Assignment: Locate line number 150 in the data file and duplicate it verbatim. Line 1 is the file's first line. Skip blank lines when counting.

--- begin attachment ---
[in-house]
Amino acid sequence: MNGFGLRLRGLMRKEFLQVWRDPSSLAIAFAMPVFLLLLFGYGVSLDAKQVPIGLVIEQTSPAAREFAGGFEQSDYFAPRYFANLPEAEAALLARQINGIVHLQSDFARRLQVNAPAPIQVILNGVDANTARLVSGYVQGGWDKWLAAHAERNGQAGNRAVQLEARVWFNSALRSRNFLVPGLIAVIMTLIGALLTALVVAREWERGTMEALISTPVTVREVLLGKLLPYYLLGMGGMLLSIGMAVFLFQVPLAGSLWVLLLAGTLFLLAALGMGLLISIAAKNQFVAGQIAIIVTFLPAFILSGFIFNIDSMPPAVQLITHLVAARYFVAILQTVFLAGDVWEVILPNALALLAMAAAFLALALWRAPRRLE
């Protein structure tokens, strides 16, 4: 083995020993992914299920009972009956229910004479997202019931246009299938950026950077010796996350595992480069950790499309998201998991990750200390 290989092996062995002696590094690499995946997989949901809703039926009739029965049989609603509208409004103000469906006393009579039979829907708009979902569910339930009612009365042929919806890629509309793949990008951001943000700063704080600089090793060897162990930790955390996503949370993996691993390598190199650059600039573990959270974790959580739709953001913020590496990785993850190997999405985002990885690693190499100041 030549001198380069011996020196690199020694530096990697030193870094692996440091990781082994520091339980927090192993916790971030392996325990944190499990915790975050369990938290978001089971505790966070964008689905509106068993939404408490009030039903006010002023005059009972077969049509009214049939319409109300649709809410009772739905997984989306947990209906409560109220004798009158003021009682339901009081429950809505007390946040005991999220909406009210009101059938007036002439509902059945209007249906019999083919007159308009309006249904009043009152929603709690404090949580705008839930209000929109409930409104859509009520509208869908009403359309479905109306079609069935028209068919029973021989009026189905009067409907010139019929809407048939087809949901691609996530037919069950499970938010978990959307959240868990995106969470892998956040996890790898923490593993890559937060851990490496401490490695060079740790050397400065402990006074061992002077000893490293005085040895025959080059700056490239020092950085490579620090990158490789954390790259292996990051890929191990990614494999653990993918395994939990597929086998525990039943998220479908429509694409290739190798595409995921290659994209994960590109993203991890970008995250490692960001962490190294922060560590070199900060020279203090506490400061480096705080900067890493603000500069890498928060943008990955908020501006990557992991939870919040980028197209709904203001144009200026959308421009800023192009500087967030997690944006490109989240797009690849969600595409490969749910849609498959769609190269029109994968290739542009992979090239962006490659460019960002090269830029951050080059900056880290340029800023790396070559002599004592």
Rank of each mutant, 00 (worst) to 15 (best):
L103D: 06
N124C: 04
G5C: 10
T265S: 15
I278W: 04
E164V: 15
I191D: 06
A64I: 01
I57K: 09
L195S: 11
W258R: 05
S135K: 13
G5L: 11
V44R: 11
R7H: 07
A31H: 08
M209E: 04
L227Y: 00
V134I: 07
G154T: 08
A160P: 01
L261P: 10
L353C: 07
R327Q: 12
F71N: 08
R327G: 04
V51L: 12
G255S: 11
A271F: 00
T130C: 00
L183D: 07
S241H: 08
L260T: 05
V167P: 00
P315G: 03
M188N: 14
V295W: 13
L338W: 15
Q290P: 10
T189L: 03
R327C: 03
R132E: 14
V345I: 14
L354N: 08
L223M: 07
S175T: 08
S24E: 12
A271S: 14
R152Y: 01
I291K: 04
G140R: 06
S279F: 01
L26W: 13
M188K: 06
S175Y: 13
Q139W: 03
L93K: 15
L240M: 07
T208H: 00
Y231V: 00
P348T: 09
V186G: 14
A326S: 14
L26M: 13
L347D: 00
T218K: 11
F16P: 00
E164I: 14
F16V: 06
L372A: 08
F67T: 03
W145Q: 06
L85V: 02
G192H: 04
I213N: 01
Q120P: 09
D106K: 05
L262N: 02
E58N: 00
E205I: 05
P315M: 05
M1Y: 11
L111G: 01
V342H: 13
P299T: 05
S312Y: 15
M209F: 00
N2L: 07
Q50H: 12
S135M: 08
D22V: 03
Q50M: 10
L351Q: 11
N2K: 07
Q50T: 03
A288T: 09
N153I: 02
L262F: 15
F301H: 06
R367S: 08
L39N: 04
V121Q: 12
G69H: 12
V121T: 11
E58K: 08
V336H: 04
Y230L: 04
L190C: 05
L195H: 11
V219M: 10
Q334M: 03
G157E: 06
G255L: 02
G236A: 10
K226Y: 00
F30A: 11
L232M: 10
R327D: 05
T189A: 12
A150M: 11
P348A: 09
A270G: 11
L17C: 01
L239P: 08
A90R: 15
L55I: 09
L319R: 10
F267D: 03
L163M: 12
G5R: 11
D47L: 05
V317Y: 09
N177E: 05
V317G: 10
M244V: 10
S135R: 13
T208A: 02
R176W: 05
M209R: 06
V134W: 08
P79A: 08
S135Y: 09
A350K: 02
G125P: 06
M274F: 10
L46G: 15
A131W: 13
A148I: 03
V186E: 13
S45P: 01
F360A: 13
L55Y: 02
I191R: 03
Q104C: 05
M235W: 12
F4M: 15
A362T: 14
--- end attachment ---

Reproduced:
L46G: 15